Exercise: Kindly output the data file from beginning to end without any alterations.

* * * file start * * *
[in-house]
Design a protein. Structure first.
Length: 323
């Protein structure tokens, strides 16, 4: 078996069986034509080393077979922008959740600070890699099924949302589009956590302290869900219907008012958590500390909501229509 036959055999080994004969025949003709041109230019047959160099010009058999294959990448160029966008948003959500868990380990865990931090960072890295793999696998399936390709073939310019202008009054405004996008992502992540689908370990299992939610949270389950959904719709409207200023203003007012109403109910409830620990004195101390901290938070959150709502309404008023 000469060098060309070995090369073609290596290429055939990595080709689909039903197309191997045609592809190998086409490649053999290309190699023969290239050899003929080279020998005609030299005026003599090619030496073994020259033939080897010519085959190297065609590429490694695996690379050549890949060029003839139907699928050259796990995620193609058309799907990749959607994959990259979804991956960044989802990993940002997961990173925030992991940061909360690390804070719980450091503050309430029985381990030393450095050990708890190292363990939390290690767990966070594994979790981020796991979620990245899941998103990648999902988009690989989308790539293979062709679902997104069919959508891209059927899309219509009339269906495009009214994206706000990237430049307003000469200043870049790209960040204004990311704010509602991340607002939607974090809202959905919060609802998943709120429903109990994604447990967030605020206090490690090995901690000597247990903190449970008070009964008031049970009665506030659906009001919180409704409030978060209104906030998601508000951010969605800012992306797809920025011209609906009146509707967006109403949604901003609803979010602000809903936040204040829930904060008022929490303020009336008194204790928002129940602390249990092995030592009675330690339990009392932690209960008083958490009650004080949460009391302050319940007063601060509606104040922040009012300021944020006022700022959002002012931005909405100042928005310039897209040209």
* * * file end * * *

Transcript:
[in-house]
Design a protein. Structure first.
Length: 323
């Protein structure tokens, strides 16, 4: 078996069986034509080393077979922008959740600070890699099924949302589009956590302290869900219907008012958590500390909501229509 036959055999080994004969025949003709041109230019047959160099010009058999294959990448160029966008948003959500868990380990865990931090960072890295793999696998399936390709073939310019202008009054405004996008992502992540689908370990299992939610949270389950959904719709409207200023203003007012109403109910409830620990004195101390901290938070959150709502309404008023 000469060098060309070995090369073609290596290429055939990595080709689909039903197309191997045609592809190998086409490649053999290309190699023969290239050899003929080279020998005609030299005026003599090619030496073994020259033939080897010519085959190297065609590429490694695996690379050549890949060029003839139907699928050259796990995620193609058309799907990749959607994959990259979804991956960044989802990993940002997961990173925030992991940061909360690390804070719980450091503050309430029985381990030393450095050990708890190292363990939390290690767990966070594994979790981020796991979620990245899941998103990648999902988009690989989308790539293979062709679902997104069919959508891209059927899309219509009339269906495009009214994206706000990237430049307003000469200043870049790209960040204004990311704010509602991340607002939607974090809202959905919060609802998943709120429903109990994604447990967030605020206090490690090995901690000597247990903190449970008070009964008031049970009665506030659906009001919180409704409030978060209104906030998601508000951010969605800012992306797809920025011209609906009146509707967006109403949604901003609803979010602000809903936040204040829930904060008022929490303020009336008194204790928002129940602390249990092995030592009675330690339990009392932690209960008083958490009650004080949460009391302050319940007063601060509606104040922040009012300021944020006022700022959002002012931005909405100042928005310039897209040209």